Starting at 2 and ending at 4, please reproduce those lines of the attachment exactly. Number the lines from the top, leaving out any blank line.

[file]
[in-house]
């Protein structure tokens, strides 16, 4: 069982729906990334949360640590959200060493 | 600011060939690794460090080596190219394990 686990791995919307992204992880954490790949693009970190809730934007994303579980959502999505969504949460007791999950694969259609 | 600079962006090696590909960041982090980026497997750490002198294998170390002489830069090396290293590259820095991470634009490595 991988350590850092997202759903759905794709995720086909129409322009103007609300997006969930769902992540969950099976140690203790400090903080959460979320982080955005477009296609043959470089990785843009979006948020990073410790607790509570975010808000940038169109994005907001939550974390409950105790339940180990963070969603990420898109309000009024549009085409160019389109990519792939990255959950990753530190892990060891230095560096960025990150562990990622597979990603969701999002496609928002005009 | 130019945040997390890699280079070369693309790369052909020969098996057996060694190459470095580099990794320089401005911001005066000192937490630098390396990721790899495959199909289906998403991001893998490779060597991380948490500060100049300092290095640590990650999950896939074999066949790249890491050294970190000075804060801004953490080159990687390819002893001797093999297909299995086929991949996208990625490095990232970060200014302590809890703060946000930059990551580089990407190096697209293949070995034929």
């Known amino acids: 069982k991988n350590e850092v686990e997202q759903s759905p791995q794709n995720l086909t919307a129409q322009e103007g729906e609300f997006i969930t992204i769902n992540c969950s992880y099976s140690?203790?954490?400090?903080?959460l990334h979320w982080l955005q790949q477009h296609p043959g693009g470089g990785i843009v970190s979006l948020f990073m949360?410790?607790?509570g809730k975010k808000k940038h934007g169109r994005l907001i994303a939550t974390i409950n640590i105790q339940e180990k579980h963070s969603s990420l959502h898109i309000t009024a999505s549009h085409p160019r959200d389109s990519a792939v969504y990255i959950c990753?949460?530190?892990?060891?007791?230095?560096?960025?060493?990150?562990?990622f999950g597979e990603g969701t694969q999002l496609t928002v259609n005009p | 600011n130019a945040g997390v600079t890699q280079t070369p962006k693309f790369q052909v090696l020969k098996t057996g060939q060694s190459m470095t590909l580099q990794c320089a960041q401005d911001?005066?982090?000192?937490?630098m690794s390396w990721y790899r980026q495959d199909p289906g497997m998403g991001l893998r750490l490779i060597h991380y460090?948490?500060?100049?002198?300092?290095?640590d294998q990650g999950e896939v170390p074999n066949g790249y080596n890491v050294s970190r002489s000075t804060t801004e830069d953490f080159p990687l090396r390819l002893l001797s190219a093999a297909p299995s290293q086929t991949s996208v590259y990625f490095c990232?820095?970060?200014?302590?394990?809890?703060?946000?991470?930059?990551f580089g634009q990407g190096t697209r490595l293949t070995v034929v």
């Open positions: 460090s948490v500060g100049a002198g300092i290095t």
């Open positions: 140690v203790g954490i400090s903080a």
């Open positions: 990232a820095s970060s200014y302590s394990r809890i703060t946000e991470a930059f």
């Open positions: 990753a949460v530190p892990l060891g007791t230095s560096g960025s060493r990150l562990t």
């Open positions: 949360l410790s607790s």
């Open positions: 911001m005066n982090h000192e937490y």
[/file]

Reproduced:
């Protein structure tokens, strides 16, 4: 069982729906990334949360640590959200060493 | 600011060939690794460090080596190219394990 686990791995919307992204992880954490790949693009970190809730934007994303579980959502999505969504949460007791999950694969259609 | 600079962006090696590909960041982090980026497997750490002198294998170390002489830069090396290293590259820095991470634009490595 991988350590850092997202759903759905794709995720086909129409322009103007609300997006969930769902992540969950099976140690203790400090903080959460979320982080955005477009296609043959470089990785843009979006948020990073410790607790509570975010808000940038169109994005907001939550974390409950105790339940180990963070969603990420898109309000009024549009085409160019389109990519792939990255959950990753530190892990060891230095560096960025990150562990990622597979990603969701999002496609928002005009 | 130019945040997390890699280079070369693309790369052909020969098996057996060694190459470095580099990794320089401005911001005066000192937490630098390396990721790899495959199909289906998403991001893998490779060597991380948490500060100049300092290095640590990650999950896939074999066949790249890491050294970190000075804060801004953490080159990687390819002893001797093999297909299995086929991949996208990625490095990232970060200014302590809890703060946000930059990551580089990407190096697209293949070995034929």
């Known amino acids: 069982k991988n350590e850092v686990e997202q759903s759905p791995q794709n995720l086909t919307a129409q322009e103007g729906e609300f997006i969930t992204i769902n992540c969950s992880y099976s140690?203790?954490?400090?903080?959460l990334h979320w982080l955005q790949q477009h296609p043959g693009g470089g990785i843009v970190s979006l948020f990073m949360?410790?607790?509570g809730k975010k808000k940038h934007g169109r994005l907001i994303a939550t974390i409950n640590i105790q339940e180990k579980h963070s969603s990420l959502h898109i309000t009024a999505s549009h085409p160019r959200d389109s990519a792939v969504y990255i959950c990753?949460?530190?892990?060891?007791?230095?560096?960025?060493?990150?562990?990622f999950g597979e990603g969701t694969q999002l496609t928002v259609n005009p | 600011n130019a945040g997390v600079t890699q280079t070369p962006k693309f790369q052909v090696l020969k098996t057996g060939q060694s190459m470095t590909l580099q990794c320089a960041q401005d911001?005066?982090?000192?937490?630098m690794s390396w990721y790899r980026q495959d199909p289906g497997m998403g991001l893998r750490l490779i060597h991380y460090?948490?500060?100049?002198?300092?290095?640590d294998q990650g999950e896939v170390p074999n066949g790249y080596n890491v050294s970190r002489s000075t804060t801004e830069d953490f080159p990687l090396r390819l002893l001797s190219a093999a297909p299995s290293q086929t991949s996208v590259y990625f490095c990232?820095?970060?200014?302590?394990?809890?703060?946000?991470?930059?990551f580089g634009q990407g190096t697209r490595l293949t070995v034929v």
């Open positions: 460090s948490v500060g100049a002198g300092i290095t």